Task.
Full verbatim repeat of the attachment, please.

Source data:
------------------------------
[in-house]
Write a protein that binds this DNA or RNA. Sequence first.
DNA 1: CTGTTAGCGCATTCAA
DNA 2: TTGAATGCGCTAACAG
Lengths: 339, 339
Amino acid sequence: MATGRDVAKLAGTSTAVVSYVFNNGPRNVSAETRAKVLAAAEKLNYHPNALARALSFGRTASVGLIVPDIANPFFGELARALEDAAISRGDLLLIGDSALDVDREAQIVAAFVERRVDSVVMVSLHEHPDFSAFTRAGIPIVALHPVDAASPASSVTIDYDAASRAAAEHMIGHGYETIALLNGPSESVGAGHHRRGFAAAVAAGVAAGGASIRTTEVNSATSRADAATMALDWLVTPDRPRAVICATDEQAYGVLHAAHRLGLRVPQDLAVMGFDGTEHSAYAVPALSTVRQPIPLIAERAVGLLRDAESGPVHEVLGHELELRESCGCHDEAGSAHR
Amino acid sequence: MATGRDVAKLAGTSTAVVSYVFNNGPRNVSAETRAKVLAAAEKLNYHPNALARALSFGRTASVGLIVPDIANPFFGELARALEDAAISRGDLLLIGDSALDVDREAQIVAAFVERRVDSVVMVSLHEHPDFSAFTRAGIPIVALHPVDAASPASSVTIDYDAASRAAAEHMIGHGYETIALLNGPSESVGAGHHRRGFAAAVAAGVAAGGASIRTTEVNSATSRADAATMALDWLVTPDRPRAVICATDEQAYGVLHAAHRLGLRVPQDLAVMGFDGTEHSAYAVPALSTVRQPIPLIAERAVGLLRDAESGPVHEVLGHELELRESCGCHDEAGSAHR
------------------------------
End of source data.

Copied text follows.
[in-house]
Write a protein that binds this DNA or RNA. Sequence first.
DNA 1: CTGTTAGCGCATTCAA
DNA 2: TTGAATGCGCTAACAG
Lengths: 339, 339
Amino acid sequence: MATGRDVAKLAGTSTAVVSYVFNNGPRNVSAETRAKVLAAAEKLNYHPNALARALSFGRTASVGLIVPDIANPFFGELARALEDAAISRGDLLLIGDSALDVDREAQIVAAFVERRVDSVVMVSLHEHPDFSAFTRAGIPIVALHPVDAASPASSVTIDYDAASRAAAEHMIGHGYETIALLNGPSESVGAGHHRRGFAAAVAAGVAAGGASIRTTEVNSATSRADAATMALDWLVTPDRPRAVICATDEQAYGVLHAAHRLGLRVPQDLAVMGFDGTEHSAYAVPALSTVRQPIPLIAERAVGLLRDAESGPVHEVLGHELELRESCGCHDEAGSAHR
Amino acid sequence: MATGRDVAKLAGTSTAVVSYVFNNGPRNVSAETRAKVLAAAEKLNYHPNALARALSFGRTASVGLIVPDIANPFFGELARALEDAAISRGDLLLIGDSALDVDREAQIVAAFVERRVDSVVMVSLHEHPDFSAFTRAGIPIVALHPVDAASPASSVTIDYDAASRAAAEHMIGHGYETIALLNGPSESVGAGHHRRGFAAAVAAGVAAGGASIRTTEVNSATSRADAATMALDWLVTPDRPRAVICATDEQAYGVLHAAHRLGLRVPQDLAVMGFDGTEHSAYAVPALSTVRQPIPLIAERAVGLLRDAESGPVHEVLGHELELRESCGCHDEAGSAHR